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Thanks to Online Courses, the Best Teachers Will Be More Accessible to Wider Audiences

On April 17, HSE Rector Yaroslav Kuzminov took part in a panel discussion entitled ‘Digital Technology in University Life’, which was held at the Moscow International Education Fair. He answered questions from the presenter, journalist Alexander Arkhangelsky, and visitors at the fair.

In developing online courses, the Higher School of Economics captures a student audience outside the university. But does this make sense if they are completed by only 5-18 percent of the students, with the rest dropping out?

According to Kuzminov, in the traditional education system dropping out is considered a tragedy, but this is now changing.

The usual course in Russian universities is not fully capable of teaching all students. One reason is that since the Soviet era we are learning too much at the same time. A person can focus on only three or four things at the same time, but he or she is forced to study eight. At the secondary school level, 20% of children cannot complete the programme at the minimum standards, but this does not mean that they have learned nothing, because they have gone through socialization and have received a general idea about a subject.

Online courses are a great space when it comes to choice. At a university students cannot bypass two dozen lectures and choose teachers that they like. But in choosing online courses, students take a look, try them out, and only then do they decide. Online courses do not provide for an administrative enforcement mechanism in the same way that a school or university does. If a person drops out of a course, this is a conscious decision.

Does digital technology pose an existential threat to Russian universities in the global education market? After all, students can choose online courses at foreign universities.

Kuzminov believes that in education there is one way to win in competition – to be more attractive to students. Currently, due to the devaluation of the rouble, Russian universities have gained an advantage as it relates to the cost of tuition. At the rate of 60 roubles to the dollar, Russian universities can capture 5-7 percent of the global market demand for educational services (there are currently 150 million students around the world). This concerns not only universities in major cities, but also strong regional universities that maintain a high quality educational environment at a lower cost than in Moscow.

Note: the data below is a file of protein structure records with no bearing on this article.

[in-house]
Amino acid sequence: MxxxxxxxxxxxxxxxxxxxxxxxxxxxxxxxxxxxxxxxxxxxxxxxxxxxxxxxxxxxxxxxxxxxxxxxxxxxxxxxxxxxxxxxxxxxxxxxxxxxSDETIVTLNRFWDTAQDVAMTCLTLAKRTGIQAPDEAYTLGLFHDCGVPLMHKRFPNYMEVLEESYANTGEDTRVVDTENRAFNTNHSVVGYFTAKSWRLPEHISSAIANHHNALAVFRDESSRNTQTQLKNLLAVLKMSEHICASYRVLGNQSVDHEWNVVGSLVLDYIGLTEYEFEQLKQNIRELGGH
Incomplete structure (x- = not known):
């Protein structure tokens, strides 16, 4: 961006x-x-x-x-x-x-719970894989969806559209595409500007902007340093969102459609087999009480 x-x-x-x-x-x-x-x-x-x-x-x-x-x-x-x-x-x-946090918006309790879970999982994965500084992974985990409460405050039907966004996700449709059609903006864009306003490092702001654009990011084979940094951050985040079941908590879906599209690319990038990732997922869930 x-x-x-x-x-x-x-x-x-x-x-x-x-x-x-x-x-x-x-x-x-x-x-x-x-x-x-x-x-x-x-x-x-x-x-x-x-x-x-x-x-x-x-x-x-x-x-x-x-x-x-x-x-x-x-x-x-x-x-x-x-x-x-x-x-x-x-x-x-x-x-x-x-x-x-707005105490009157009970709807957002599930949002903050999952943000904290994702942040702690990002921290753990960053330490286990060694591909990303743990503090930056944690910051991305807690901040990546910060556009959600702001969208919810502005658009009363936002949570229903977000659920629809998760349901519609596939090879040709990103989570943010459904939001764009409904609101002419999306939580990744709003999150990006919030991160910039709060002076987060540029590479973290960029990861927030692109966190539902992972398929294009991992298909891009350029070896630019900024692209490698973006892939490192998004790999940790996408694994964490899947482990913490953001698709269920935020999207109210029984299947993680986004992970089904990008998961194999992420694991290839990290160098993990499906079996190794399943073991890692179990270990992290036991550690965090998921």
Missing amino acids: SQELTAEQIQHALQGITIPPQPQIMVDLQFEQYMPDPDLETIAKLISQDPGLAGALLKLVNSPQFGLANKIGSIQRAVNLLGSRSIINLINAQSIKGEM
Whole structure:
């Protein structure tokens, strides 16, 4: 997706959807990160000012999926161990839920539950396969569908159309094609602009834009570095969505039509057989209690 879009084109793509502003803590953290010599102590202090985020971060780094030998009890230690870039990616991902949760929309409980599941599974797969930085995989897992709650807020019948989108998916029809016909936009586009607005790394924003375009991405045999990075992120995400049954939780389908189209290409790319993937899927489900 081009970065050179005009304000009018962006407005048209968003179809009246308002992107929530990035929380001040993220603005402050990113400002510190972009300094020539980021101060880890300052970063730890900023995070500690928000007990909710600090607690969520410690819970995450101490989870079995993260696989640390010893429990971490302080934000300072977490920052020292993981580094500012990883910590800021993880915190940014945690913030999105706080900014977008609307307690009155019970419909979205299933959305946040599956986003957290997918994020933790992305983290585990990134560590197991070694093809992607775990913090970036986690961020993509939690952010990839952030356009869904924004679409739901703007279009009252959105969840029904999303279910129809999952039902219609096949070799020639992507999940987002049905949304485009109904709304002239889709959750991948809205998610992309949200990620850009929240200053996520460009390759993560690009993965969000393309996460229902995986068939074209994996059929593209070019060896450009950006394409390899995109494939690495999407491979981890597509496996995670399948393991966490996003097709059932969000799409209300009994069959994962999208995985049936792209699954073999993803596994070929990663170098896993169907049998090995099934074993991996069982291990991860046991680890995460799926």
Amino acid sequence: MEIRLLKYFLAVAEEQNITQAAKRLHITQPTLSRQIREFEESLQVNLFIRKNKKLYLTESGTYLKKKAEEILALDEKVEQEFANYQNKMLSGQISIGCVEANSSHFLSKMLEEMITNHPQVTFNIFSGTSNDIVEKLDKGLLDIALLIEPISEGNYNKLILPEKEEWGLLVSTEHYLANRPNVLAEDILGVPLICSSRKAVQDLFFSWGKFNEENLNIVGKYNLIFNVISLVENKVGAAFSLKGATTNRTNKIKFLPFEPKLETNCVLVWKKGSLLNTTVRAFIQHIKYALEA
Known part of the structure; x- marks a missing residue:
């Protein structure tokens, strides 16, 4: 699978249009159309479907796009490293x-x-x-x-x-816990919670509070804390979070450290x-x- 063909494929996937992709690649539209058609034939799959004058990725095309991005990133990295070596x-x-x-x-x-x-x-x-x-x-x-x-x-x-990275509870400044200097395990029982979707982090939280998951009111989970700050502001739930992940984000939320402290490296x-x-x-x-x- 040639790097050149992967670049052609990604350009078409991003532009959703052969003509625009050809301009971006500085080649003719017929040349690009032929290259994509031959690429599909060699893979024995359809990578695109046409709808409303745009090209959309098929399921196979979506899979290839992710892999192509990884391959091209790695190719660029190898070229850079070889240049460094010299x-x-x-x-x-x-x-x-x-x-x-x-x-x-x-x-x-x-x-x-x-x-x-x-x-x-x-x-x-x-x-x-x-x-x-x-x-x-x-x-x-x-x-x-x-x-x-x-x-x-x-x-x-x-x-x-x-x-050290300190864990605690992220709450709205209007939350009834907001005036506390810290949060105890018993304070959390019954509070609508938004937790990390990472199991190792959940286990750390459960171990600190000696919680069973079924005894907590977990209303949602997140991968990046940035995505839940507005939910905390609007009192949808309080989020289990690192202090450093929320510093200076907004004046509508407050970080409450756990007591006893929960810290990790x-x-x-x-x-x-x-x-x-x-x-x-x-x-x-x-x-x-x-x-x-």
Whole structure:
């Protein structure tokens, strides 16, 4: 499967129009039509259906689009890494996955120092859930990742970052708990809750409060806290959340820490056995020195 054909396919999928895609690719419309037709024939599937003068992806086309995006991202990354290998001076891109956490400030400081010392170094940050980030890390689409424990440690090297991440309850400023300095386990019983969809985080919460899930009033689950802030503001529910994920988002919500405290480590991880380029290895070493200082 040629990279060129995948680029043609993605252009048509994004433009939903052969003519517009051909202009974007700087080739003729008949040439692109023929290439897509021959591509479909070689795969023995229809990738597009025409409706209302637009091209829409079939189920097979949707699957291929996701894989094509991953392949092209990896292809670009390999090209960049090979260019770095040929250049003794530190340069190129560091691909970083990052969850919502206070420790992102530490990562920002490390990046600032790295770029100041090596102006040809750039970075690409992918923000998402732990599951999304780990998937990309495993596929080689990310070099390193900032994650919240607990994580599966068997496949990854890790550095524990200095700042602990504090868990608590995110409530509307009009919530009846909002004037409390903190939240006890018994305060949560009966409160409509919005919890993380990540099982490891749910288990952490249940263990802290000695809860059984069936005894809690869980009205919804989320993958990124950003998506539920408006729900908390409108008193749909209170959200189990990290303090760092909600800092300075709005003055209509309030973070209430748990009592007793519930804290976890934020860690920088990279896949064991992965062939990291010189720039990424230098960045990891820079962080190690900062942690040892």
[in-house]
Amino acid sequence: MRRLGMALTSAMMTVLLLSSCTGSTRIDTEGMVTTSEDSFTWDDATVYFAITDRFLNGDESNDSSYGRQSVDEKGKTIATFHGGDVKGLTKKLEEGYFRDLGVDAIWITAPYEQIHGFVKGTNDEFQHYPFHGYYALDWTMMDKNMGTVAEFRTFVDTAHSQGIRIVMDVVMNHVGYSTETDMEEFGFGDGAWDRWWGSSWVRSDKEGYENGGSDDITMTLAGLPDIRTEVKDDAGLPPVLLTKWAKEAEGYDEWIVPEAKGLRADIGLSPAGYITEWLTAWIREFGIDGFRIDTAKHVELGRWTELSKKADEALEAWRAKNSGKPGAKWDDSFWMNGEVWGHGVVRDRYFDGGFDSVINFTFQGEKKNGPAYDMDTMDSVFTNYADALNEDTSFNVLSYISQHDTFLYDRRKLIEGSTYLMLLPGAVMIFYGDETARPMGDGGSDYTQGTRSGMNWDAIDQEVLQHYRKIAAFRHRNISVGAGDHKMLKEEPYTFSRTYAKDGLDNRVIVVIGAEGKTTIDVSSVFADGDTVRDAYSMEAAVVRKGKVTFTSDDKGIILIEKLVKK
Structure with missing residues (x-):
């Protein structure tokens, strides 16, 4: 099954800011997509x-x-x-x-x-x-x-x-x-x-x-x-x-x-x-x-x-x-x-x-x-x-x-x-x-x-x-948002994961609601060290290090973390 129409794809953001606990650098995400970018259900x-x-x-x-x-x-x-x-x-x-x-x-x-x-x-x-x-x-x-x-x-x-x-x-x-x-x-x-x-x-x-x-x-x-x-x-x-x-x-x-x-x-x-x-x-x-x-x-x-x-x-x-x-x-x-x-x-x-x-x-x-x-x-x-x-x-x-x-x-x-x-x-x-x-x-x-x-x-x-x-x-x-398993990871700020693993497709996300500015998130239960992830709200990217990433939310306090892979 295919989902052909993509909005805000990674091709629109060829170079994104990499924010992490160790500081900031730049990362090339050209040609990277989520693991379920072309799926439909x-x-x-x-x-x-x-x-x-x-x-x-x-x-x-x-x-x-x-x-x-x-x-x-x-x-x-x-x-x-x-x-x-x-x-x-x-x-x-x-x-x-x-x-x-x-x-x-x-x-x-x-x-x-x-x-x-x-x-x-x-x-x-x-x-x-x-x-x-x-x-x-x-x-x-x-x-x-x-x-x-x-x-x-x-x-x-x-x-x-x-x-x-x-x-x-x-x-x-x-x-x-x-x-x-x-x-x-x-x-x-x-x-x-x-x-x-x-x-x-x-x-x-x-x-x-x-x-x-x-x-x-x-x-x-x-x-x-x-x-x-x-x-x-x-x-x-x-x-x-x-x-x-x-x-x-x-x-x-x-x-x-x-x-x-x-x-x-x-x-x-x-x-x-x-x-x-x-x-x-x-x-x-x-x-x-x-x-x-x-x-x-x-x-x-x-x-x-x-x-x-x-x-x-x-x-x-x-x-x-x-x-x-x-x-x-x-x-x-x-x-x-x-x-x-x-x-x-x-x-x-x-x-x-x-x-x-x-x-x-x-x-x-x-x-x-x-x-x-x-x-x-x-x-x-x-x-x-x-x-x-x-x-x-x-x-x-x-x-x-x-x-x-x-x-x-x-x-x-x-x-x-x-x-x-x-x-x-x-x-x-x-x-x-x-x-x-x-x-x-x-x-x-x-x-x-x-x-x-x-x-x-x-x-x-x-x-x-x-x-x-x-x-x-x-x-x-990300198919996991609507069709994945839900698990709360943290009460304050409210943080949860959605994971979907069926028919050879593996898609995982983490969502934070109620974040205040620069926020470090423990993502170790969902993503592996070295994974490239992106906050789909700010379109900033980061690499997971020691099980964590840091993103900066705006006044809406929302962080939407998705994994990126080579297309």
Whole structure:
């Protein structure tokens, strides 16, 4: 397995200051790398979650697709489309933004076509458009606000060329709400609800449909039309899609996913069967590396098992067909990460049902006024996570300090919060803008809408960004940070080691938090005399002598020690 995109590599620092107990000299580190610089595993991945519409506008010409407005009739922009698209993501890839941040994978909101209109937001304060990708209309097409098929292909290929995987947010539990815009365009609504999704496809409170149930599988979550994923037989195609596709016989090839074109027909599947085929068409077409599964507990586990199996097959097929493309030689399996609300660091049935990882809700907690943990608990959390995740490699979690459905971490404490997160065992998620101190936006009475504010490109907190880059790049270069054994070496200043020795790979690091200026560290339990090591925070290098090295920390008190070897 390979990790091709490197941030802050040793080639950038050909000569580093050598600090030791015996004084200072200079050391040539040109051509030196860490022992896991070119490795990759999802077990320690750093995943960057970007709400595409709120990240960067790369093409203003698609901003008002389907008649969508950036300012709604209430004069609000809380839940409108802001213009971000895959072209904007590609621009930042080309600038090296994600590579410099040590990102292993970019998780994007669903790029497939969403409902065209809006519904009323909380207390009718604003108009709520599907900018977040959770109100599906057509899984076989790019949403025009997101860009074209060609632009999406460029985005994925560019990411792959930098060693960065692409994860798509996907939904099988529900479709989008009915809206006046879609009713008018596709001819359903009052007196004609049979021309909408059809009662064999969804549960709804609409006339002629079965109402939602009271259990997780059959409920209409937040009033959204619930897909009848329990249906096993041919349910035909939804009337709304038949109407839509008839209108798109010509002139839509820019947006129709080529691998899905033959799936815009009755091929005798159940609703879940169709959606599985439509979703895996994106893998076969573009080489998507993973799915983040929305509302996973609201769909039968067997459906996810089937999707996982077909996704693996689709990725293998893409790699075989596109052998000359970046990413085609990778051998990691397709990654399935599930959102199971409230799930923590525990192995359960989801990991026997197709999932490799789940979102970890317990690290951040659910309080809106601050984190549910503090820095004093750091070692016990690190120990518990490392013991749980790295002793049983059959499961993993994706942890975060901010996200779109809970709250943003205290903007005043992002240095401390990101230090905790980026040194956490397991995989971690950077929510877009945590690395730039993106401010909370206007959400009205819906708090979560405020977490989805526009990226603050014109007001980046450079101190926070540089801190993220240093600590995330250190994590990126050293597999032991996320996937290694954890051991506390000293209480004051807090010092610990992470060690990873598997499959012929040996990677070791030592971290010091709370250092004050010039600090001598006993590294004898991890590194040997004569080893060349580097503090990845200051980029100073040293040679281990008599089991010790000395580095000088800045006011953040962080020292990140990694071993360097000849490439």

At a number of Russian universities – in Yekaterinburg, Novosibirsk, Kazan, Tomsk, Vladivostok and other cities –one can get a world-class degree today. Being in the capital is not a key factor; there is no lack of bad schools in Moscow. 20-25% of Russian universities are developing successfully, and most of these are large universities concentrated in one third of Russia’s regions. By comparison, in the United States, only about half of states have competitive universities.

Won’t weak Russian universities turn into ‘dealerships’ to maintain the online courses of major universities and receive exams?

Kuzminov said that the possible transformation of such universities into ‘dealerships’ is much better than the current situation where they are actually engaged in ‘distributing diplomas’. If branches of universities and some private universities become certification centres for online courses and counselling to students, this will only benefit society.

In this situation, the federal government will primarily support those universities that draw strong applicants and that conduct scientific research that produces results. A lot will depend on the efforts of regional authorities to support their schools. For example, in the Perm Territory and the Ulyanovsk Region generous scholarships have been established for students who have the highest scores on the Unified Stated Exam and who have enrolled in the regions’ universities. Along with other factors (students remain in a familiar social environment and do not need to move to another town) this is having an effect.

Will virtual education become a source of income for universities?

To date, Coursera (a Stanford project) and EdX (a project of Harvard and MIT) do not generate revenue, said Kuzminov. They were created in order to show students around the world how teaching can and should be done. The first books were also not published in order to make a living.

However, in the future, those who create courses will be able recoup their costs (creation of an average online course costs about 1 million roubles, and support for it runs about 100,000 roubles per year) and earn money. Obviously, they will receive funds from universities that offer educational programmes with their online courses and from counselling students.

Approximately three more years are needed to ensure that the newly established Russian national open education platform offers about 500 courses and for universities to begin giving credits for courses from major universities. A mass segment of higher education will not be able to survive without quality online courses. Given the 60,000 roubles per year that the state now allocates universities per student, it is hardly possible to think of another economic model.